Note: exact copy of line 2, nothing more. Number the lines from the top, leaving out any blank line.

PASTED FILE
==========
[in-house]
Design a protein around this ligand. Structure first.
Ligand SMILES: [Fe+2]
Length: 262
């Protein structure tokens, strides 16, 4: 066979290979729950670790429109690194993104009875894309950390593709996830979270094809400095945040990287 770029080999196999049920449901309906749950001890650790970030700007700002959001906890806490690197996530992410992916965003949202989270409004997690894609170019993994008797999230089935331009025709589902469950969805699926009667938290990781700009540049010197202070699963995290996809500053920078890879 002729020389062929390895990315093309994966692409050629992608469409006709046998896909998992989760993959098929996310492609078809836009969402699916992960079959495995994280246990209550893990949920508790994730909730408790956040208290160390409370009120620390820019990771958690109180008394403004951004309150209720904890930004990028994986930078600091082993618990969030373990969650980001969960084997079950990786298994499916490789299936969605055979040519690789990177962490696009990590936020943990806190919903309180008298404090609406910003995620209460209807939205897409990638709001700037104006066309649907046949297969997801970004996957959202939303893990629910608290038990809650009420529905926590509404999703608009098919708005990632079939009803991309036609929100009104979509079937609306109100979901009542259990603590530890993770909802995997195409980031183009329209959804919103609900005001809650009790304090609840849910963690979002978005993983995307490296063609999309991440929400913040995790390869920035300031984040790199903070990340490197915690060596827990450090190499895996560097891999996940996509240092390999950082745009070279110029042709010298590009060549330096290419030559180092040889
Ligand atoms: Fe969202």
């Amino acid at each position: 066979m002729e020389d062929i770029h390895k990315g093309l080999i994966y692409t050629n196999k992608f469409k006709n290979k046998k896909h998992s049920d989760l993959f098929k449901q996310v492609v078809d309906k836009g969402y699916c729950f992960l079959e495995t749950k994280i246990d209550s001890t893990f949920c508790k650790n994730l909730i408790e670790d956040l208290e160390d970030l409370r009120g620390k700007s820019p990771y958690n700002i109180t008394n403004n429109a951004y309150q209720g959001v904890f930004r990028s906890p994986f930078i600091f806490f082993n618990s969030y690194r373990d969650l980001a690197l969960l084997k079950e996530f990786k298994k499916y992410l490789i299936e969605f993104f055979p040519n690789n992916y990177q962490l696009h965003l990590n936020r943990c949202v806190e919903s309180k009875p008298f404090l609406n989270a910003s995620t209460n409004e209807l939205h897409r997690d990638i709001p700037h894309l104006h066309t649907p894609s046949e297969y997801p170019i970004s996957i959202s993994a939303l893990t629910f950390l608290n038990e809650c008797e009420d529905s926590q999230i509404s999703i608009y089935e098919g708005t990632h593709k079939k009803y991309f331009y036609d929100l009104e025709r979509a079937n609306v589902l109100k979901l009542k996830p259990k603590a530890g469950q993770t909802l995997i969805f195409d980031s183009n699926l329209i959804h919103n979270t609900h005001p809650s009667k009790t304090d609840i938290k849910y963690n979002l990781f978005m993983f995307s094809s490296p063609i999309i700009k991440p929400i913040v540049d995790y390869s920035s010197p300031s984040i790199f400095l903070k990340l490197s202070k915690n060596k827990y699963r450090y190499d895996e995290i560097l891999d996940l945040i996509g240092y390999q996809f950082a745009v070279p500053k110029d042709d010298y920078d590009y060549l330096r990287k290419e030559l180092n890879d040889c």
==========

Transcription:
Design a protein around this ligand. Structure first.